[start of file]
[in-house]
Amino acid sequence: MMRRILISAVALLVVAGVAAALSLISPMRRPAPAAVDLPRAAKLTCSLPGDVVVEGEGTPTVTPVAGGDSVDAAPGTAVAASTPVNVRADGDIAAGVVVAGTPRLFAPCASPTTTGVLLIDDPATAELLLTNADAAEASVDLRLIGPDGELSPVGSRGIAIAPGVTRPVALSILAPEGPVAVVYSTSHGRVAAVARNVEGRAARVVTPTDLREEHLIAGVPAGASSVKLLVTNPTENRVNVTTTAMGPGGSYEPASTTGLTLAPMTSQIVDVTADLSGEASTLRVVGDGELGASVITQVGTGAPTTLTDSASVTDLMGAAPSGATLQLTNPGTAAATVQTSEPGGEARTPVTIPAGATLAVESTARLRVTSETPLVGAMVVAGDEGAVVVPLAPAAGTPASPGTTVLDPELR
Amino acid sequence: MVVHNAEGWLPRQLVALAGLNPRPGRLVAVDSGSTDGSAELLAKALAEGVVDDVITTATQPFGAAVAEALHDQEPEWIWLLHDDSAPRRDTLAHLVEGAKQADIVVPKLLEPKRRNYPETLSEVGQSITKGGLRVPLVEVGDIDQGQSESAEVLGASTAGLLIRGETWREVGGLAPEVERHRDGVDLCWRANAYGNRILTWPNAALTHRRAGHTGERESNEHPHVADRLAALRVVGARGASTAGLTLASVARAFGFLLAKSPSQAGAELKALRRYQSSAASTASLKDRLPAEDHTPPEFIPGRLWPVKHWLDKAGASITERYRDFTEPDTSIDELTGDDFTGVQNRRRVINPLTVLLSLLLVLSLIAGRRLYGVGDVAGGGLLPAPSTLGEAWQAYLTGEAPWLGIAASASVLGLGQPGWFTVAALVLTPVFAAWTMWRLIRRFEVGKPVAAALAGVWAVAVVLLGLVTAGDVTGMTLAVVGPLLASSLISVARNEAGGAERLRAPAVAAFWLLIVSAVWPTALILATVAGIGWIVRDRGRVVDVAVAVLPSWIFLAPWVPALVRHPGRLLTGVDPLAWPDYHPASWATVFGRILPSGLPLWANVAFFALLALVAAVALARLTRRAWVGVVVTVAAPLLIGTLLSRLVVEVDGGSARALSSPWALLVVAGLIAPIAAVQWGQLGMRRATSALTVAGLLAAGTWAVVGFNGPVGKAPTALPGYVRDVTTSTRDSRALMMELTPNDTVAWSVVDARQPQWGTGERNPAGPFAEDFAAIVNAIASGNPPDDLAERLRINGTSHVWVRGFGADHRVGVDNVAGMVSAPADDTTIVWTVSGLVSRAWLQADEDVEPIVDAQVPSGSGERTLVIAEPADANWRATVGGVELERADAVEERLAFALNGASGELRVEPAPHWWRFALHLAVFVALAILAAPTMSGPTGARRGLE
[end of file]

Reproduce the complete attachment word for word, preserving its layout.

[in-house]
Amino acid sequence: MMRRILISAVALLVVAGVAAALSLISPMRRPAPAAVDLPRAAKLTCSLPGDVVVEGEGTPTVTPVAGGDSVDAAPGTAVAASTPVNVRADGDIAAGVVVAGTPRLFAPCASPTTTGVLLIDDPATAELLLTNADAAEASVDLRLIGPDGELSPVGSRGIAIAPGVTRPVALSILAPEGPVAVVYSTSHGRVAAVARNVEGRAARVVTPTDLREEHLIAGVPAGASSVKLLVTNPTENRVNVTTTAMGPGGSYEPASTTGLTLAPMTSQIVDVTADLSGEASTLRVVGDGELGASVITQVGTGAPTTLTDSASVTDLMGAAPSGATLQLTNPGTAAATVQTSEPGGEARTPVTIPAGATLAVESTARLRVTSETPLVGAMVVAGDEGAVVVPLAPAAGTPASPGTTVLDPELR
Amino acid sequence: MVVHNAEGWLPRQLVALAGLNPRPGRLVAVDSGSTDGSAELLAKALAEGVVDDVITTATQPFGAAVAEALHDQEPEWIWLLHDDSAPRRDTLAHLVEGAKQADIVVPKLLEPKRRNYPETLSEVGQSITKGGLRVPLVEVGDIDQGQSESAEVLGASTAGLLIRGETWREVGGLAPEVERHRDGVDLCWRANAYGNRILTWPNAALTHRRAGHTGERESNEHPHVADRLAALRVVGARGASTAGLTLASVARAFGFLLAKSPSQAGAELKALRRYQSSAASTASLKDRLPAEDHTPPEFIPGRLWPVKHWLDKAGASITERYRDFTEPDTSIDELTGDDFTGVQNRRRVINPLTVLLSLLLVLSLIAGRRLYGVGDVAGGGLLPAPSTLGEAWQAYLTGEAPWLGIAASASVLGLGQPGWFTVAALVLTPVFAAWTMWRLIRRFEVGKPVAAALAGVWAVAVVLLGLVTAGDVTGMTLAVVGPLLASSLISVARNEAGGAERLRAPAVAAFWLLIVSAVWPTALILATVAGIGWIVRDRGRVVDVAVAVLPSWIFLAPWVPALVRHPGRLLTGVDPLAWPDYHPASWATVFGRILPSGLPLWANVAFFALLALVAAVALARLTRRAWVGVVVTVAAPLLIGTLLSRLVVEVDGGSARALSSPWALLVVAGLIAPIAAVQWGQLGMRRATSALTVAGLLAAGTWAVVGFNGPVGKAPTALPGYVRDVTTSTRDSRALMMELTPNDTVAWSVVDARQPQWGTGERNPAGPFAEDFAAIVNAIASGNPPDDLAERLRINGTSHVWVRGFGADHRVGVDNVAGMVSAPADDTTIVWTVSGLVSRAWLQADEDVEPIVDAQVPSGSGERTLVIAEPADANWRATVGGVELERADAVEERLAFALNGASGELRVEPAPHWWRFALHLAVFVALAILAAPTMSGPTGARRGLE